rooms, email and cell phones are
a fun part of life. However,
this way of communicating has
also made it easier to spread
rumors and be cruel to others.
Because they are not saying something
to the other person’s face,
kids often say things online
that they later regret and would
never say in real life. But it
is important to keep in mind that
once you post, there is no taking
it back – even if you feel bad
about it later.
So before you send that hasty
text message or cell phone photo
spreading gossip or making fun of
someone, consider this…
• Cell phones and texts allow
rumors to move quickly, before
the real facts of a situation can
be found out. You don’t want
to be responsible for spreading
something that is false – it can
come back to bite you.
• If you see something you think
is funny but could be embarrassing
to someone else, consider
how you would feel if you
were on the other side before
you whip out that cell phone
camera. After all, everyone
does embarrassing things sometimes
and it isn’t a good feeling
to know that everyone at
school is watching you with a
cell phone camera just waiting
for you to do something stupid.
Think about the consequences of
what you say, text or post. You
never know what may be going on
inside of another person and the
effect that your words could have
on them. Many kids have transferred
schools or even committed
suicide to escape harassment.
Remember that it is always best
to treat others as you would like
to be treated, even online.
If you see cyberbullying going
on, you can do something about
it. Report cruel postings and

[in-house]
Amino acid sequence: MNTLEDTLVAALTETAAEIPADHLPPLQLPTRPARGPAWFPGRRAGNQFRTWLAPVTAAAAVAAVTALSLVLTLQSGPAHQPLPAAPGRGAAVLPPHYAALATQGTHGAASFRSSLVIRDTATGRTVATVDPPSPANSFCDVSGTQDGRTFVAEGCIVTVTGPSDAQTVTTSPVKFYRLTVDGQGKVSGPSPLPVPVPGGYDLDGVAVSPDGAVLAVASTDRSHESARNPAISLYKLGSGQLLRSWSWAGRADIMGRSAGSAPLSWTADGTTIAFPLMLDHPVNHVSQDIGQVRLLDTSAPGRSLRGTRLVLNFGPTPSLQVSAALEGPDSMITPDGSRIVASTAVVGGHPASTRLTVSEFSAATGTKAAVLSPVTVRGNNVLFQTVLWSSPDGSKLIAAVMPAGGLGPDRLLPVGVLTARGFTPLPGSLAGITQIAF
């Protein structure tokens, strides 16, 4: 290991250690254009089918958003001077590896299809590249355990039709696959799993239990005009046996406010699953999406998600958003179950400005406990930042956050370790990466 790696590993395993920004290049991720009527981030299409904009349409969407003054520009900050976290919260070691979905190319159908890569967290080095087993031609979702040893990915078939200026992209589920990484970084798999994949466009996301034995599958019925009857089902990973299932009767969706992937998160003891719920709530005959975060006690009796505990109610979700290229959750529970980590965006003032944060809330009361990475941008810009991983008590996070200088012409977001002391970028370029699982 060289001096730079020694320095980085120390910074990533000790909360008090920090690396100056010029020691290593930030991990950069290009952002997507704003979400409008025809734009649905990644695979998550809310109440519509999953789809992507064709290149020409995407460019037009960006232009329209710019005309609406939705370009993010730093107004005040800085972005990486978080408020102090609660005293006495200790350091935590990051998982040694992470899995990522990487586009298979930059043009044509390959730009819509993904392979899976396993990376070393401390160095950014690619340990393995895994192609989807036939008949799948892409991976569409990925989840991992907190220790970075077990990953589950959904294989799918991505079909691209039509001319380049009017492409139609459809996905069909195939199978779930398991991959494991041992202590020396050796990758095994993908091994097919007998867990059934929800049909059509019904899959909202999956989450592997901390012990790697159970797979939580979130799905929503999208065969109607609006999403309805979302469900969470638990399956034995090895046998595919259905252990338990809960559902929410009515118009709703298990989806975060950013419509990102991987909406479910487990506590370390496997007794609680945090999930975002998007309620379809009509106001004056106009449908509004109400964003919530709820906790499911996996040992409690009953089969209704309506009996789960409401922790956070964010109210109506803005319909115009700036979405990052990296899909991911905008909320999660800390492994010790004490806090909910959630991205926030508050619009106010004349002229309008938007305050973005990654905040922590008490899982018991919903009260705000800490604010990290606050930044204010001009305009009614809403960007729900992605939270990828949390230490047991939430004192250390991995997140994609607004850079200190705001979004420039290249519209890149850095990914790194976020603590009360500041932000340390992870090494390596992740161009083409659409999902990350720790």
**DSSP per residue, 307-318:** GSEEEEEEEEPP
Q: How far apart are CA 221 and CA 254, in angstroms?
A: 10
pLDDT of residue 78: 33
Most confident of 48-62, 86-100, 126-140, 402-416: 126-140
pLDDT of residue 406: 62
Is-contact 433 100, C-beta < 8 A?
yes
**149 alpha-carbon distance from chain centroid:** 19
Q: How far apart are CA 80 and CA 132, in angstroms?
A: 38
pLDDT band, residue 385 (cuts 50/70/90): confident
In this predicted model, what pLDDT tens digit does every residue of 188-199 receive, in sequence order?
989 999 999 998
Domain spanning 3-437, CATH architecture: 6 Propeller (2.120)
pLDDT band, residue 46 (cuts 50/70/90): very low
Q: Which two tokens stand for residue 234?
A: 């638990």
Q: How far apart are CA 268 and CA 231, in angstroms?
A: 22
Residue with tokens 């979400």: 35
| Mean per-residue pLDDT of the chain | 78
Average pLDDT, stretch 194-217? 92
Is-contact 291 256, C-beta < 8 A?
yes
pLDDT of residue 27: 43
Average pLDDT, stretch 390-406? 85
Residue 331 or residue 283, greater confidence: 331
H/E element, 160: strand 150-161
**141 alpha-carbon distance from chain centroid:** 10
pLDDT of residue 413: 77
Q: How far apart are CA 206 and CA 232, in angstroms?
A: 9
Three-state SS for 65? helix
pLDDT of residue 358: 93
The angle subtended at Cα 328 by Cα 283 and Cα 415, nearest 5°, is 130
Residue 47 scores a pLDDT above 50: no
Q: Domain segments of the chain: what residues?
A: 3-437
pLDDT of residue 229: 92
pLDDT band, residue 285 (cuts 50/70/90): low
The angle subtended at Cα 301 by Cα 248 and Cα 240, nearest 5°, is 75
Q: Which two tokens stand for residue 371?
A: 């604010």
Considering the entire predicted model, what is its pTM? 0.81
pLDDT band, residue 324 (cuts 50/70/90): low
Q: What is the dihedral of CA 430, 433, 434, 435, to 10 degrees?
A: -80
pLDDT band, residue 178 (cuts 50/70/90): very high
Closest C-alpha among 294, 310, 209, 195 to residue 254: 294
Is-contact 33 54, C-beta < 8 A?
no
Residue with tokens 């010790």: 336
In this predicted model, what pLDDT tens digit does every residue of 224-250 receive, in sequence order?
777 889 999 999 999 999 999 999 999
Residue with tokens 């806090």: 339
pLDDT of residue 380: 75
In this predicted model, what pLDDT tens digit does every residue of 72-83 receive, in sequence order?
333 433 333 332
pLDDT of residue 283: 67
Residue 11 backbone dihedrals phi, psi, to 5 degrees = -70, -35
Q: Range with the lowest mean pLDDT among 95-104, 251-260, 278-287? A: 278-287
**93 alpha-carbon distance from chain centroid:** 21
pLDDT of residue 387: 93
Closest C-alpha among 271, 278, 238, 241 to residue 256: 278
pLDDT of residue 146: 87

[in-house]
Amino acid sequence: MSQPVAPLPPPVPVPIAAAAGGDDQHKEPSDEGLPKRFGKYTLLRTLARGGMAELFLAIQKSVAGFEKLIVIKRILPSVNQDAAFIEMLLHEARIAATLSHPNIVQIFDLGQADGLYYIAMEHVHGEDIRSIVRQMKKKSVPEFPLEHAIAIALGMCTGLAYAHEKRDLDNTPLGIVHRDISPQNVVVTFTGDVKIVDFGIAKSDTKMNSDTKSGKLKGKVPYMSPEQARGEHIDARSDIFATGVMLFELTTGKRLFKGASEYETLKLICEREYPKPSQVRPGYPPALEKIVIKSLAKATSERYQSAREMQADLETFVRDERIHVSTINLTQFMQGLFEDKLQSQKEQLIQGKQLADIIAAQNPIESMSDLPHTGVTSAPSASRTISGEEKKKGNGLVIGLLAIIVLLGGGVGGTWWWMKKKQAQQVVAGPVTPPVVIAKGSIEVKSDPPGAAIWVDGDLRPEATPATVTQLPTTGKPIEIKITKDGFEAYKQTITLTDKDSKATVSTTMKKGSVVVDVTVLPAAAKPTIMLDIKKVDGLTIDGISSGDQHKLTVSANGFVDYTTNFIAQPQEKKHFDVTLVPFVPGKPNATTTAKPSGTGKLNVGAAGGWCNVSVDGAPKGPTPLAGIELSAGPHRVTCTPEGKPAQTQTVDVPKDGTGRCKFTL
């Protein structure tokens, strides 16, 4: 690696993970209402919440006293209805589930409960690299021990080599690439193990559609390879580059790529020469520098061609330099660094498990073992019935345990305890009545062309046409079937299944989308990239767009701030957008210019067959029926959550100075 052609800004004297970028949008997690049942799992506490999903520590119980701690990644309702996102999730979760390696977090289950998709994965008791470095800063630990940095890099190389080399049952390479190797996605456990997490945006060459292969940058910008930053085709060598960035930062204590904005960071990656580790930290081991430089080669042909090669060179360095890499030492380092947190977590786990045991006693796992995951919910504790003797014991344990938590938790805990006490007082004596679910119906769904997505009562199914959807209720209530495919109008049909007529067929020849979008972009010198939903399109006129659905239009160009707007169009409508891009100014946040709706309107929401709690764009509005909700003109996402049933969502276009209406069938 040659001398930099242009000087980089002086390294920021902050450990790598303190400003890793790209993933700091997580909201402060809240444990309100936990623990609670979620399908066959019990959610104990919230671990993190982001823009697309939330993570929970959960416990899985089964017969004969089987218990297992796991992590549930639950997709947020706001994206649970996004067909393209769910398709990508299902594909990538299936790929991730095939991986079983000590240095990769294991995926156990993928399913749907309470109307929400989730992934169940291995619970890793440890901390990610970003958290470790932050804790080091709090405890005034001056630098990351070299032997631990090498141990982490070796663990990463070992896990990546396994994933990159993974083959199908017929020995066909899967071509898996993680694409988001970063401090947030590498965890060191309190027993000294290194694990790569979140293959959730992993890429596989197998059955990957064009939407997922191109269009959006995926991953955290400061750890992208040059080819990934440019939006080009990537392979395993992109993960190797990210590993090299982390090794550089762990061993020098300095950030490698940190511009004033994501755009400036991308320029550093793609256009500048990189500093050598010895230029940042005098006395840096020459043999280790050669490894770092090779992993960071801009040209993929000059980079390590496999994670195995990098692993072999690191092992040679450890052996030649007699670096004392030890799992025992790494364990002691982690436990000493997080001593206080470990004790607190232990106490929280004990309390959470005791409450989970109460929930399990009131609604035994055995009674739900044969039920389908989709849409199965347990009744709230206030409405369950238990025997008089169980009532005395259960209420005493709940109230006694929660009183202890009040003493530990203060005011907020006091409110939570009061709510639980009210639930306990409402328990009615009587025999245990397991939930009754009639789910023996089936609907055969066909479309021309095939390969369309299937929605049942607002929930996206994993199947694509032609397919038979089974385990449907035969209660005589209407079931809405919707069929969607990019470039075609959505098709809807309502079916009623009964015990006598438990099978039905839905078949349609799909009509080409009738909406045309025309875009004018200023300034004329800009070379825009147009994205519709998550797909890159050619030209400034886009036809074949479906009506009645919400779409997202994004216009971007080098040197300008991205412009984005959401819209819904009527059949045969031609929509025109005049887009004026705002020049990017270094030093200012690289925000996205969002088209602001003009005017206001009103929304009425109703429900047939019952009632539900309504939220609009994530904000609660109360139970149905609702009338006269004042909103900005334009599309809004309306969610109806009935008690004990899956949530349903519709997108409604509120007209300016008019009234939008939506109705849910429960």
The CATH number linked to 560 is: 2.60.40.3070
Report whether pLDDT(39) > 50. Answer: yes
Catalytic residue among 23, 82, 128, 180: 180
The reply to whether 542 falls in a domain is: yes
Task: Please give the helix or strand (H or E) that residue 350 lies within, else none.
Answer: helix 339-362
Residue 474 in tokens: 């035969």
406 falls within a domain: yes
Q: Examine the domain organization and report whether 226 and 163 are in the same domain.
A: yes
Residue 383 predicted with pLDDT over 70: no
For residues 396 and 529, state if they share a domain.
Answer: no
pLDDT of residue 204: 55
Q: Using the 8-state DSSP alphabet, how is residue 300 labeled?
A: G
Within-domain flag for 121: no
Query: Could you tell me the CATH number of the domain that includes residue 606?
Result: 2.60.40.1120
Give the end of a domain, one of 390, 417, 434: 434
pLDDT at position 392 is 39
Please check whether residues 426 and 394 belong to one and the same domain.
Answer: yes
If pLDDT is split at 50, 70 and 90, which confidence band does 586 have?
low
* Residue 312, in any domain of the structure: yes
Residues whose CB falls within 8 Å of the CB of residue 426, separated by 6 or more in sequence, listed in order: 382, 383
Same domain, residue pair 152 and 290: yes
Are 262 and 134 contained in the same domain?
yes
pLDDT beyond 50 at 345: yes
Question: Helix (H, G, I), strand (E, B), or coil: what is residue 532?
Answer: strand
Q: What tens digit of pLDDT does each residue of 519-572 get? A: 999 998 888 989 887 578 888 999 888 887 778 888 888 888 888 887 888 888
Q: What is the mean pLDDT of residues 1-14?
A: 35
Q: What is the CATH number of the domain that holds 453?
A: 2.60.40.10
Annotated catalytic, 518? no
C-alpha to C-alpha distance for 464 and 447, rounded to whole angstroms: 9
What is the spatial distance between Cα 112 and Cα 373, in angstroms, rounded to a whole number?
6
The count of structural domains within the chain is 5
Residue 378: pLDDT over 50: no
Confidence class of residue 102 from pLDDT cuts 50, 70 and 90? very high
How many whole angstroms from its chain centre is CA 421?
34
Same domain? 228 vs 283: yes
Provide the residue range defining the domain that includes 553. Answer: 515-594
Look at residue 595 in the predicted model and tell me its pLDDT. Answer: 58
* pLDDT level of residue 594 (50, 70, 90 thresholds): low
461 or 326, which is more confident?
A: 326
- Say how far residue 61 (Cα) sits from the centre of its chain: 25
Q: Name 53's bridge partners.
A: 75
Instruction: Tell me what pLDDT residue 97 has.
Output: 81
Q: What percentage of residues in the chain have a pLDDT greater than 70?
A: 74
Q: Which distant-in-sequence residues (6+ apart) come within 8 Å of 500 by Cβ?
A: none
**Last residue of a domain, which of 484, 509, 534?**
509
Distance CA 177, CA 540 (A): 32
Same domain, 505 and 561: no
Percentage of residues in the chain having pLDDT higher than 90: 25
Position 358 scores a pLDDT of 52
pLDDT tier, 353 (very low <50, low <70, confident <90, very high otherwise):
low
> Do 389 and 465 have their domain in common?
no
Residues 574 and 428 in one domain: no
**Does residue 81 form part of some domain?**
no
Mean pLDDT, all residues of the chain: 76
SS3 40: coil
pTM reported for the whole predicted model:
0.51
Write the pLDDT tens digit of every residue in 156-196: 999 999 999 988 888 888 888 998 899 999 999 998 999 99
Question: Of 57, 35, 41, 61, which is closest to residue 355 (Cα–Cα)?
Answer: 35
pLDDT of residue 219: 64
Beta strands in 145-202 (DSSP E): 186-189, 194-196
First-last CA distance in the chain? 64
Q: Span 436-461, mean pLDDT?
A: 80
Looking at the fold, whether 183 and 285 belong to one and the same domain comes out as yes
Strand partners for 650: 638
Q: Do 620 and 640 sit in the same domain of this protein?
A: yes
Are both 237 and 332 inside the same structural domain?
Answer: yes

mocking photos to MySpace, or
whatever site you are on, and
they will remove it without
revealing that you were the one
to report it. You can also talk
to your parents or school officials
about offensive postings.
If the mean rumor or gossip is
in an IM or text message or in
a chat room, you can choose to
delete the message…don’t forward
it and don’t join in.
Available for download at www.azag.gov.
Cyber safety guidelines
• Remember that anyone can lie on the Internet.
• Limit giving out information about yourself
only to trusted friends or family.
• Help catch predators. Contact local law
enforcement or the CyberTipline at
www.cybertipline.com or 1.800.THE.LOST
(1.800.843.5678). Report any of the following
>>> Child pornography -
do not print it or send it, but save it.
>>> Sexually explicit pictures or streaming
video - save the information.
>>> Sexual solicitation -
save the communication by copying and
pasting into a text file.
• Don’t stay in an uncomfortable or dangerous
situation online. A bad situation could get
worse if you ignore it. Talk to a parent or
a trusted adult.
• Share these guidelines with your friends